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Adam Wainwright won’t stop hitting

Only a fool would pitch to this man.

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St. Louis Cardinals v Colorado Rockies Photo by Justin Edmonds/Getty Images

There are a few harsh realities to face if you’re anti-DH in the National League as I am. First, there stands a chance this is actually disadvantageous for the Cardinals (and every other NL team) if the ultimate goal of each season is to win the World Series. Second, while the change doesn’t seem to be right around the corner like I presumed earlier this year, it does seem inevitable that the days of pitchers batting in the NL are likely numbered. And third, and probably most obvious, pitchers are lousy hitters.

Bob Gibson is regarded as one of the better hitters for pitchers because he was. His 24 home runs are tied for third for pitchers with Carlos Zambrano since the league was integrated (Warran Spahn’s 35 lead the pack). Yet, he also had a .545 career OPS. And that same Carlos Zambrano? He won a Silver Slugger for pitchers in 2006 with a .557 OPS and a wRC+ of 24.

Not a single pitcher in 20106 with at least 40 plate appearances (sample size: 50) has a wRC+ above 100 and only 22 are above zero. (Jake Arrieta is leading this sorry bunch with 98.) According to FanGraphs Leaderboards, in 4,658 plate appearances this season, pitchers in the NL are averaging a .341 OPS. That’s actually up ten points from 2015, but so is OPS all across the league (.721 in 2015 vs. .740 in 2016 - yeah, the ball is probably juiced). The truth is, not only are pitchers bad hitters but they’ve been progressively getting worse.

This brings us to Adam Wainwright, who is also not a good hitter. He has struck out in more than a quarter of his plate appearances (65) while only drawing a walk 3.1% of the time. His batting average (.224) is nothing to be excited about. And his wRC+ sits at 89.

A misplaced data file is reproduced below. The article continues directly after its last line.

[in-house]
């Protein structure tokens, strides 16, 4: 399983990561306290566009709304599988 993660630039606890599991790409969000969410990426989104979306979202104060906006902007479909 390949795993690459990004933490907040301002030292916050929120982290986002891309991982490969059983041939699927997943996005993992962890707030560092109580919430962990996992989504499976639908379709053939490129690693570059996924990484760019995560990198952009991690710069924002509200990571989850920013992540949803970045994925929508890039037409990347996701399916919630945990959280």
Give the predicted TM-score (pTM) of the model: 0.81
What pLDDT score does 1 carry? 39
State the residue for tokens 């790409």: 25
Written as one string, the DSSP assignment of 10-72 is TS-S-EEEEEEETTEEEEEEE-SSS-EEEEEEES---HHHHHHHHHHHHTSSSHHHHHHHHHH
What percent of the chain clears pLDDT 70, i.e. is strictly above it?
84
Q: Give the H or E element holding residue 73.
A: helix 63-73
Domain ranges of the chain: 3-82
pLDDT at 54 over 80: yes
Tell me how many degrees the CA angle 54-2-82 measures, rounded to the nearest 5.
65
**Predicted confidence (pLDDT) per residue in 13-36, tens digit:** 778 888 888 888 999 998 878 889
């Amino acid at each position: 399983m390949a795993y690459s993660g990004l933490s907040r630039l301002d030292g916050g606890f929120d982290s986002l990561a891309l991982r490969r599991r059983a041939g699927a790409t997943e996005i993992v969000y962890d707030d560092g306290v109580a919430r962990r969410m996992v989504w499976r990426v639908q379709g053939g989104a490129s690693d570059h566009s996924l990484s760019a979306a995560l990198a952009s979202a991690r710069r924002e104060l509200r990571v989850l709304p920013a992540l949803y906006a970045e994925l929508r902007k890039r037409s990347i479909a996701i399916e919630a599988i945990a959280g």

That’s the bad part. The good part is when he has hit the ball, he’s hit it very far, or hit it where the fielders aren’t, or both (all relative to pitchers, of course). And that’s why he’s in contention for a Silver Slugger, which would guarantee him an extra $25,000 (although he’s likely to be justifiably edged out by Arrieta). After Tuesday’s 2-2, four RBI day, Wainwright has 13 total hits this season and only three have fallen for singles. He leads all pitchers with seven doubles, his two home runs trail only Noah Syndergaard and Madison Bumgarner’s three, and he’s one of eight pitchers to hit a triple this season. For context, a pitcher hitting a triple can only be topped in excitement by Yadier Molina hitting a triple.

Wainwright is slugging .483, which leads all pitchers from the sample culled from above, and that puts him ahead of Brandon Belt, Bryce Harper, Buster Posey, and Curtis Granderson to name a few. If Wainwright had the at-bats to qualify for a batting title, his slugging would be in the top-25 in the NL. His. .259 ISO also leads pitchers (Syndergaard is second at .218) and is hilariously tied for the sixth in the NL with Yoenis Cespedes and ahead of the likes of Anthony Rizzo, Daniel Murphy, Ryan Braun, Yasmany Tomas, and Matt Carpenter. As Mike Axisa noted yesterday, Wainwright is the first pitcher to have more than ten extra-base hits since Micah Owings in 2007, and his 18 RBIs are the most by any pitcher in 45 years (Fergie Jenkins had 20 in 1971) and the most since the DH was introduced.

This is easily the best he’s hit for his career. You have to go back to 2007 to find an OPS in his career above .636 (he’s at .733 this year) and from 2012 through 2014 (I’m leaving out last year when he went hitless in ten plate appearances), his OPS never rose higher than .476 and sunk as low as .356. According to Wainwright, his newfound success started by standing a bit closer to the plate. Following Tuesday’s game, he also said this:

“My whole career, I’ve fought trying to pull the ball and tried to stay up the middle and hit the ball to right field. It just doesn’t work for me very well. If it’s a pitch in the strike zone, I’m going to swing at it.”

That’s what he did in mid-June when the bench was getting thin and he was called on to pinch hit in the 12th inning in Pittsburgh with the score tied at three and with two on and two out:

Does all of this really mean all that much or offer a cogent argument as to why there should never be a DH in the NL? Not really. These samples are small. It would take an everyday player about three weeks to amass Wainwright’s total number of plate appearances this year. The Cardinals likely haven’t benefitted all that much in the standings from Wainwright’s fun at the plate this year. And, as before, pitchers overall are still dreadful hitters. Wainwright could very likely return to his old non-hitting form next year and 2016 will be remembered as a giant outlier.

And that’s fine. But as for now I’m perfectly content watching Adam Wainwright hit the ball to Edwardsville.